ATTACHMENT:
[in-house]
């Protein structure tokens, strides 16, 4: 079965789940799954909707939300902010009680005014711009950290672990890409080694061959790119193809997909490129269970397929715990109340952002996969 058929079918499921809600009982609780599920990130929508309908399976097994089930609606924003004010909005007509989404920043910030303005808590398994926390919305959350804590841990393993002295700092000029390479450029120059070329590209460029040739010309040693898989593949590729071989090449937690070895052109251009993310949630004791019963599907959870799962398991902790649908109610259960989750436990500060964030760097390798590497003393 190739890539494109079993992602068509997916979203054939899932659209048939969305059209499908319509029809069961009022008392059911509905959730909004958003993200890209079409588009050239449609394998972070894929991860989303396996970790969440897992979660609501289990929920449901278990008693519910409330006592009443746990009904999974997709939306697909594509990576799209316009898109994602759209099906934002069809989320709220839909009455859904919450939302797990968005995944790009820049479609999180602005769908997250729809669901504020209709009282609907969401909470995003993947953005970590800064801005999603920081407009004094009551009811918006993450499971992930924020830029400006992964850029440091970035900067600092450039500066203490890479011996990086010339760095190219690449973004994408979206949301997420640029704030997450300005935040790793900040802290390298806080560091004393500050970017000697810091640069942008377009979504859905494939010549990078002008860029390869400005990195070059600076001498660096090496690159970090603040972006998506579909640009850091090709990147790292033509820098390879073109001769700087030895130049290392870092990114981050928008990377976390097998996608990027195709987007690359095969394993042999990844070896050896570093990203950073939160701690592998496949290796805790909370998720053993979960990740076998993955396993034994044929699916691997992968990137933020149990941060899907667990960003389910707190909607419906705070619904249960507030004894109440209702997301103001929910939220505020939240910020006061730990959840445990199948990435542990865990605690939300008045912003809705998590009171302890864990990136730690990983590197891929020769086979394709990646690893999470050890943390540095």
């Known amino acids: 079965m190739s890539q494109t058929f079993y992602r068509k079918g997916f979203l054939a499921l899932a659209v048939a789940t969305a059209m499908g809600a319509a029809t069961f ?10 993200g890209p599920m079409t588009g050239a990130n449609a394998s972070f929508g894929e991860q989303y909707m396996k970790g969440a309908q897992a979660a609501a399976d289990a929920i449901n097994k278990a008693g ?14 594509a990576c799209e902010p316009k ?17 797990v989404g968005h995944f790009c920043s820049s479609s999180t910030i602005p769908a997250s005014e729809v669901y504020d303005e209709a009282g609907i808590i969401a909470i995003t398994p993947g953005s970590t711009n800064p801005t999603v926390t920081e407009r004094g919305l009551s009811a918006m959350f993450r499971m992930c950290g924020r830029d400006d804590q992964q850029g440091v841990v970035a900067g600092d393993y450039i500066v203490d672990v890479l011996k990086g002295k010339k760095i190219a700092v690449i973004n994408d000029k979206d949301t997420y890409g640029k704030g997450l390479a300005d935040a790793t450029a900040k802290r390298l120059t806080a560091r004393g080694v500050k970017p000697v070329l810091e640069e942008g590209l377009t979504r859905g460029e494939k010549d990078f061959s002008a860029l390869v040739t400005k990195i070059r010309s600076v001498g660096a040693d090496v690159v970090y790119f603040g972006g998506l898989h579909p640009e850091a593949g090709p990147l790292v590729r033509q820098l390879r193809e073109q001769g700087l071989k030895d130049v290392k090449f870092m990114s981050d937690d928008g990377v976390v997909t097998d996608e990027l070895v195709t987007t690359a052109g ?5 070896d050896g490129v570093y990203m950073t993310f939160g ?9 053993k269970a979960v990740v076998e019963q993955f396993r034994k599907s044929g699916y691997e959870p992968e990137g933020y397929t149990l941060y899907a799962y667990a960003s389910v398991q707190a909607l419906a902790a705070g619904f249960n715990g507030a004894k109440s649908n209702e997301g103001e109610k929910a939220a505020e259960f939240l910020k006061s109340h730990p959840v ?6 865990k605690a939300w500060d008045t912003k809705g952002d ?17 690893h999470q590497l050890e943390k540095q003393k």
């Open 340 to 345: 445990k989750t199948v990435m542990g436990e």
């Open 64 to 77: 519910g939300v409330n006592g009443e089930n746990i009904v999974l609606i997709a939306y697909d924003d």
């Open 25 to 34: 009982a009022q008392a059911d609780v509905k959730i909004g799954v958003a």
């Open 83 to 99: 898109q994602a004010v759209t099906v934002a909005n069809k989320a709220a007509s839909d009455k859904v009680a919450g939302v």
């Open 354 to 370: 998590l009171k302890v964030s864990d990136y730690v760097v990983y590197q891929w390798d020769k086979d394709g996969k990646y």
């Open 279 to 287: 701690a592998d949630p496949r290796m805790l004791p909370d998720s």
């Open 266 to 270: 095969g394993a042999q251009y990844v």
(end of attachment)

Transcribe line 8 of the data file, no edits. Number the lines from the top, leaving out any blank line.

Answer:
């Open 354 to 370: 998590l009171k302890v964030s864990d990136y730690v760097v990983y590197q891929w390798d020769k086979d394709g996969k990646y």